October 02, 2011
Late summer and early fall in the Northern Hemisphere is a great time to observe the Andromeda Galaxy (M31). Fortunately, from my viewing location in Austria (Bruck an der Glocknerstraße), at the end of August (2011) there were several clear, moonless nights with near perfect transparency. M31 was stunning! As shown above, the blue regions are stars that are hot and young. The red regions are hydrogen-alpha (H II) -- this is where the blue stars are born. Observations of M31 by the Spitzer Space Telescope in 2006 revealed that our neighboring galaxy contains approximately one trillion stars. This is at least 2 1/2 times the number of stars in our own galaxy -- estimated to be between 200–400 billion.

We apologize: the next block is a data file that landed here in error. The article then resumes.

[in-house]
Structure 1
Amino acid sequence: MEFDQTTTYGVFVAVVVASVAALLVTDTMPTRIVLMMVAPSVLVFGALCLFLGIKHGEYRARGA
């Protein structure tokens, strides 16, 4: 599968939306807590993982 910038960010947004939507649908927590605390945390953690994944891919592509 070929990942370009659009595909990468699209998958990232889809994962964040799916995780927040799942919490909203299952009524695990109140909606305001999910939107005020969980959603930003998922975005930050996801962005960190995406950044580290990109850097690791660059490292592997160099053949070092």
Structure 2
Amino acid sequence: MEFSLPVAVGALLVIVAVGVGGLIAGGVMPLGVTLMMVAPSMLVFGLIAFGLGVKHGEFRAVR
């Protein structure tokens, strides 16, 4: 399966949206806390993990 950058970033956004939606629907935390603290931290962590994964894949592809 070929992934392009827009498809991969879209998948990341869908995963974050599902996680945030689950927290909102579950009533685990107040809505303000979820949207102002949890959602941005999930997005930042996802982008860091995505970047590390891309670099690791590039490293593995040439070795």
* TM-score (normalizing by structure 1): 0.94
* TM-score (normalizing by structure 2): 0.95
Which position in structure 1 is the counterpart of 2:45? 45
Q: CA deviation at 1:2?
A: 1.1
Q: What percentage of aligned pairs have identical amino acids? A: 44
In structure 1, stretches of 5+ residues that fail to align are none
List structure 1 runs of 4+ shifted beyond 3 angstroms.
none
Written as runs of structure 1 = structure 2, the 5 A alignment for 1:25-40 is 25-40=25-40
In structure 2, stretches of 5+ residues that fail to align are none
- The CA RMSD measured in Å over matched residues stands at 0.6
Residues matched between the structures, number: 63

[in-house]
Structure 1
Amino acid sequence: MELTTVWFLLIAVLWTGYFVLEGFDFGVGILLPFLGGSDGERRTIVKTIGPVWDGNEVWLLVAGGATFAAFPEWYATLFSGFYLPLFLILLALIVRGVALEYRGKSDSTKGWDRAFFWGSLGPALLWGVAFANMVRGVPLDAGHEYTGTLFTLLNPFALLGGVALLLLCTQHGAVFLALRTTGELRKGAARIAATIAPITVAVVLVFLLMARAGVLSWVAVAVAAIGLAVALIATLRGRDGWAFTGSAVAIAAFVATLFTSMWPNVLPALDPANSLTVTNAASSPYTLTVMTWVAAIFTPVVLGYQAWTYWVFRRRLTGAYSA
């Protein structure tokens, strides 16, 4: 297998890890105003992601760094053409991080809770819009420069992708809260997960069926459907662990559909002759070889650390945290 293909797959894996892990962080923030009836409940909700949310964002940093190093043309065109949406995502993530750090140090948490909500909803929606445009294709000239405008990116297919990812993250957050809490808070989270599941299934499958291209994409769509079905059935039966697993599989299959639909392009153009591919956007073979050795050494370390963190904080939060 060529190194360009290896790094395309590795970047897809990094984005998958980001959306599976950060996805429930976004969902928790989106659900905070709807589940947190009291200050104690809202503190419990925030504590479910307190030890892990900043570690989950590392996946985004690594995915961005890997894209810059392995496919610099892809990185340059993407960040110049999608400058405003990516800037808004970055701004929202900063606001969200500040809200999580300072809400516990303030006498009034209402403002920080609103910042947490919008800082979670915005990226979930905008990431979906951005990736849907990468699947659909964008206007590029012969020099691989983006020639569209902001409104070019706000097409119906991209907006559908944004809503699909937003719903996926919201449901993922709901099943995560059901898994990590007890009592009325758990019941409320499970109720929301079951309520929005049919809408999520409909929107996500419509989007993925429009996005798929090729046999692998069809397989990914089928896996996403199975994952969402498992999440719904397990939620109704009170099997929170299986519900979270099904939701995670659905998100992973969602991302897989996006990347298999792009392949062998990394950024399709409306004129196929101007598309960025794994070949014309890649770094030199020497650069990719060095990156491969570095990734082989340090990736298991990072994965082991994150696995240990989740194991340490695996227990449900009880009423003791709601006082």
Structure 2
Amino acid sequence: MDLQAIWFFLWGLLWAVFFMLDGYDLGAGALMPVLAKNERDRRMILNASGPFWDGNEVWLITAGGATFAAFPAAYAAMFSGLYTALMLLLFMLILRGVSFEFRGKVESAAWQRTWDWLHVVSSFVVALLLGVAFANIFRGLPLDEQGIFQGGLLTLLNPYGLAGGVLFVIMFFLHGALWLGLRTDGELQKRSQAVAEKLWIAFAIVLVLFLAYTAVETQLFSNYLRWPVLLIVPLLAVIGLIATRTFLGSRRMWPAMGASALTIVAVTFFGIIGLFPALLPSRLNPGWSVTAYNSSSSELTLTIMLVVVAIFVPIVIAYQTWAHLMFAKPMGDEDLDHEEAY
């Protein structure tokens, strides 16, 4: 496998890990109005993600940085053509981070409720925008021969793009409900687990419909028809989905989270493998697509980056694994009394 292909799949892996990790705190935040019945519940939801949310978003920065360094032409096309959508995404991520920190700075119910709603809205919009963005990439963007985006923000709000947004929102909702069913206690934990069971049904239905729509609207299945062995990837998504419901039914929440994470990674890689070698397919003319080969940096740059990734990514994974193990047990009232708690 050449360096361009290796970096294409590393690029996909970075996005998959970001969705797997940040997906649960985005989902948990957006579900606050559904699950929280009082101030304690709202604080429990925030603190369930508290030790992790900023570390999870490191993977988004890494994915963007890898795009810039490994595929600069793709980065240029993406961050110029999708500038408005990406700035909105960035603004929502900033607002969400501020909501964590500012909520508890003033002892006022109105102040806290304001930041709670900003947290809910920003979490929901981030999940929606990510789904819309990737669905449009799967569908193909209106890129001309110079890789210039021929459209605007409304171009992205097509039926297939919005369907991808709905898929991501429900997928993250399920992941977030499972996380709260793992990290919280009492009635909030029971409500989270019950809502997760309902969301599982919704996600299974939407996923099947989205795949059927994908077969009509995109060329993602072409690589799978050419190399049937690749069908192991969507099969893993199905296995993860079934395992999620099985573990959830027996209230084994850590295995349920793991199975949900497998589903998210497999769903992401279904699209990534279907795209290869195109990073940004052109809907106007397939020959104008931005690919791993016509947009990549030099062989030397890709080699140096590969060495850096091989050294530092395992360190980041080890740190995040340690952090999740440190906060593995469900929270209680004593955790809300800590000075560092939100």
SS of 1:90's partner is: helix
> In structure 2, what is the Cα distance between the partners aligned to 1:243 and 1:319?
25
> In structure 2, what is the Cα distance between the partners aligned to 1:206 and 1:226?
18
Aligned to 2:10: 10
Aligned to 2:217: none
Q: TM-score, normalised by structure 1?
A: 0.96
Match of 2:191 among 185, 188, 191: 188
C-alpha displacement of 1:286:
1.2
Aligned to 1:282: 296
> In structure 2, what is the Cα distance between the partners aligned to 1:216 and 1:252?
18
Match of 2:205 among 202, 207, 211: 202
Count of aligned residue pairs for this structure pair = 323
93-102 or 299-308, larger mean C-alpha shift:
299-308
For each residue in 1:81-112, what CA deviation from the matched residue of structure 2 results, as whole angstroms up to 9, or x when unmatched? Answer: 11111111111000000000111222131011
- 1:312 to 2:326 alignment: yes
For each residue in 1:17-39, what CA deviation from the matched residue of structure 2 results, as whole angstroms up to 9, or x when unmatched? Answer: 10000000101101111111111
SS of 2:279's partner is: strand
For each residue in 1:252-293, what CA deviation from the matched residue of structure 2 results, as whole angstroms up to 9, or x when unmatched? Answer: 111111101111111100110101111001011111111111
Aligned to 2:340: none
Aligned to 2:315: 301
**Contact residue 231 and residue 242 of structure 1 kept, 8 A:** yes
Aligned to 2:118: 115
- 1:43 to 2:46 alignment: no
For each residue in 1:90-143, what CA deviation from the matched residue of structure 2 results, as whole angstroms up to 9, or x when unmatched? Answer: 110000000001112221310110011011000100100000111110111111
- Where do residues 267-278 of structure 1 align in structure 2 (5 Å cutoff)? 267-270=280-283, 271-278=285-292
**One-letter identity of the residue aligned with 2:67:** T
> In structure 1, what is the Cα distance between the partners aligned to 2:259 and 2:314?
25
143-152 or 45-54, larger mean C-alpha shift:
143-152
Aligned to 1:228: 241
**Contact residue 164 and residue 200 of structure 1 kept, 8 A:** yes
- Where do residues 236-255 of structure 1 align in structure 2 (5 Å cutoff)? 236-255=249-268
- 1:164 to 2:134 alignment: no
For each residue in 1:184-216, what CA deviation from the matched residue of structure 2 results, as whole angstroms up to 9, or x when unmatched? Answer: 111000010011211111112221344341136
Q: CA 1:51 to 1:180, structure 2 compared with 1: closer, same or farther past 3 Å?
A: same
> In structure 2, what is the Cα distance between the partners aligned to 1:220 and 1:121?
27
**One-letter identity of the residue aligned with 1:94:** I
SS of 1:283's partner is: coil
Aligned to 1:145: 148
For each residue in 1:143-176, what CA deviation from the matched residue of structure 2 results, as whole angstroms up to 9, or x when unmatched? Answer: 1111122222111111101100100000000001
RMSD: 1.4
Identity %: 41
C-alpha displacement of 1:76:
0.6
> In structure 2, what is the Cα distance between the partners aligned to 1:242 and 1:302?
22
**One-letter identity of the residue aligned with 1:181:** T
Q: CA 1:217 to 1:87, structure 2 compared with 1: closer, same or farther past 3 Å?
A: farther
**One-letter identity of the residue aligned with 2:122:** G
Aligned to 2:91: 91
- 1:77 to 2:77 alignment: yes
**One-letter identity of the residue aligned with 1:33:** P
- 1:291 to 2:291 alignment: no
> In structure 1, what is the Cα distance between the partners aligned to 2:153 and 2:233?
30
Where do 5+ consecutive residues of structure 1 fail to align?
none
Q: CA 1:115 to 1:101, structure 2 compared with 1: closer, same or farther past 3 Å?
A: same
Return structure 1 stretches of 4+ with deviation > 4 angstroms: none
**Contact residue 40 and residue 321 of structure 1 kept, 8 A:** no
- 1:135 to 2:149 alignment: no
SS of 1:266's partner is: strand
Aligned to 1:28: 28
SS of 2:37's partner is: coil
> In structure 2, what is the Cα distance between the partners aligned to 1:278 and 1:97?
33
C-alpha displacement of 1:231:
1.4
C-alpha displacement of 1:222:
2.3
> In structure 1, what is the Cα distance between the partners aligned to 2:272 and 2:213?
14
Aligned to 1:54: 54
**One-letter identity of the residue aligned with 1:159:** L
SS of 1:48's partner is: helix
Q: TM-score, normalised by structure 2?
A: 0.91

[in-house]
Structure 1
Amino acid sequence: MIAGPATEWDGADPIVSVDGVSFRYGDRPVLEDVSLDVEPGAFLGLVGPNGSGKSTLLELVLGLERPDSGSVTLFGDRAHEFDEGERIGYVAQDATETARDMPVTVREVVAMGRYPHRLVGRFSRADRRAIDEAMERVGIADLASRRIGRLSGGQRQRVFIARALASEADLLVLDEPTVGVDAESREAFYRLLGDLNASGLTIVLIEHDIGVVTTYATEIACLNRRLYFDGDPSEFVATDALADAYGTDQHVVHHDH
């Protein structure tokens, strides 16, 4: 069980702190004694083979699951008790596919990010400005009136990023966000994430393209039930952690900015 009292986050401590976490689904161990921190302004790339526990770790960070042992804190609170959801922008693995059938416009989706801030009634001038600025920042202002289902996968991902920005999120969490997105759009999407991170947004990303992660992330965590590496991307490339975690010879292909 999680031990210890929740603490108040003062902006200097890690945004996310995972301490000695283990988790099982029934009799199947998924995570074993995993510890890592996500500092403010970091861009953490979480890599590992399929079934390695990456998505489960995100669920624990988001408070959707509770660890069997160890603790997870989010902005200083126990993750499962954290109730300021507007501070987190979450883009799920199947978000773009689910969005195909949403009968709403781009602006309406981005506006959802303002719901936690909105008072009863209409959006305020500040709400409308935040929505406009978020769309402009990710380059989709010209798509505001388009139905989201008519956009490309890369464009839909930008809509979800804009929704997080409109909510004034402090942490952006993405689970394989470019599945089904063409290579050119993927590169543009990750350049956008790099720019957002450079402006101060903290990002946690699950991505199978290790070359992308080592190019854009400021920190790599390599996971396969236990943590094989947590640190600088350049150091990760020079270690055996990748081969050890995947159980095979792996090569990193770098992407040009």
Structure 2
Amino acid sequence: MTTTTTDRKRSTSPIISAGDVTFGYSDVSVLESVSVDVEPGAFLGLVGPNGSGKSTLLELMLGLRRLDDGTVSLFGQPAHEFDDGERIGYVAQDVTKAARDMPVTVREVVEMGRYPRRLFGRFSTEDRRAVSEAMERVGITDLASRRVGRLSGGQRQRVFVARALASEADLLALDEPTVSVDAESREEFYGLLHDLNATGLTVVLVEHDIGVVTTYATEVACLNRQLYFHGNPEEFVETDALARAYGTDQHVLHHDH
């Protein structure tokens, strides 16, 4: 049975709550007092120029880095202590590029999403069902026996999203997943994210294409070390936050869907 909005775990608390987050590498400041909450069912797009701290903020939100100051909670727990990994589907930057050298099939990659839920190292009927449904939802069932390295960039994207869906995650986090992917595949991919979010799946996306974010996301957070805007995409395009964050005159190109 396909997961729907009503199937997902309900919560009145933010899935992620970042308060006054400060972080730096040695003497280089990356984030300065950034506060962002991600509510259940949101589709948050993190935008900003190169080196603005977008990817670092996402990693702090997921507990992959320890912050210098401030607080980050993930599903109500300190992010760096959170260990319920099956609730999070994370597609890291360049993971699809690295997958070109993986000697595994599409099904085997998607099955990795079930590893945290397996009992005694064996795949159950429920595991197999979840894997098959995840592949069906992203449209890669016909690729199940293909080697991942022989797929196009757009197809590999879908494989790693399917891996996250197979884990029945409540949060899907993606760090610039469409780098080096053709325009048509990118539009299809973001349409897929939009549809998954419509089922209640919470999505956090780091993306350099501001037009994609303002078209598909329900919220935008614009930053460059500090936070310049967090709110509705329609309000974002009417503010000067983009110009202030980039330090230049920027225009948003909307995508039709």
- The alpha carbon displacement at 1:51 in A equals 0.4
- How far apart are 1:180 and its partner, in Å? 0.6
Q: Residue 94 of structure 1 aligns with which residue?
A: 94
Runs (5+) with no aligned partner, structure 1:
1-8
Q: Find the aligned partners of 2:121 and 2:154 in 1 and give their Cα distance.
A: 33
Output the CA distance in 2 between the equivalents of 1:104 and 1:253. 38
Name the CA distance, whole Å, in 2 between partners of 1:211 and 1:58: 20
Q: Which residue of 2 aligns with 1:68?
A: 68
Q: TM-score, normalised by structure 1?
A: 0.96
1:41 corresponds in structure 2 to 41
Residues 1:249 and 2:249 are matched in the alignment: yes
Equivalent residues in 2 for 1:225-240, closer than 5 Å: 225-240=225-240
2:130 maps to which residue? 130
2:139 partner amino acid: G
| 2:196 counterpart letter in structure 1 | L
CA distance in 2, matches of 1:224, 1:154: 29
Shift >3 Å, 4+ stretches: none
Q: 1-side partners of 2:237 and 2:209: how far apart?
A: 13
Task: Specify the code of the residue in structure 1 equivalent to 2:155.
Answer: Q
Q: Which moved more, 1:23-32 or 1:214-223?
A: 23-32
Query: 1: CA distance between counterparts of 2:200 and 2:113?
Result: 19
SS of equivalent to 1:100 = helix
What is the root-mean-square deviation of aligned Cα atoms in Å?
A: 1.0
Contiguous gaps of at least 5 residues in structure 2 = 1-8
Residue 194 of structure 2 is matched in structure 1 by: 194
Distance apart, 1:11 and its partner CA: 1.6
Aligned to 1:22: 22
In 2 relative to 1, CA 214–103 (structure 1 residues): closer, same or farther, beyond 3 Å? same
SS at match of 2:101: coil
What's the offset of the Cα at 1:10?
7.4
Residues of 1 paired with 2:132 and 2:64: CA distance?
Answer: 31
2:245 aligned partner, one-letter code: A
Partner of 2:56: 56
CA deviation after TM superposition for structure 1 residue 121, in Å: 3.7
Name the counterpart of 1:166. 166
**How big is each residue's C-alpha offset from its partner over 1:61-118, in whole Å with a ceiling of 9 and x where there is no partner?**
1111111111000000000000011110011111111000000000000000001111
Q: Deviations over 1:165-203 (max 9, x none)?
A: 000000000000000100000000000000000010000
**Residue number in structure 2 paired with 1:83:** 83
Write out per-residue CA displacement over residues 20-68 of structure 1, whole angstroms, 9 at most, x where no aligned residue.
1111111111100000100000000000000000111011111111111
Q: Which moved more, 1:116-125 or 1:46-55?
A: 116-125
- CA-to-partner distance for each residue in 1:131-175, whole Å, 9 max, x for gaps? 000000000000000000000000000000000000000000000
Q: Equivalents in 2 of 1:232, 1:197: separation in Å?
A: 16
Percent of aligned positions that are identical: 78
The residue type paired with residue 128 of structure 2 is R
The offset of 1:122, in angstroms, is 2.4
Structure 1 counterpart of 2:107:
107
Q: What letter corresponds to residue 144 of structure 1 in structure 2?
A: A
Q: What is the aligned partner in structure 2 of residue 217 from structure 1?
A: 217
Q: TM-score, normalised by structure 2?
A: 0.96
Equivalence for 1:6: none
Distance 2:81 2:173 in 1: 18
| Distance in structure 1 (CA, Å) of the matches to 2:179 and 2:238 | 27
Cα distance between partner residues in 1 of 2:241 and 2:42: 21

Image details: Skywatcher Black Diamond ED80 (510 mm); imaged on 8 different nights in late August (2011); total exposure time of 34 hours (Ha = 8 hours, L = 14 hours, RGB = 12 hours). Skywatcher was unable to capture M31 in a single frame.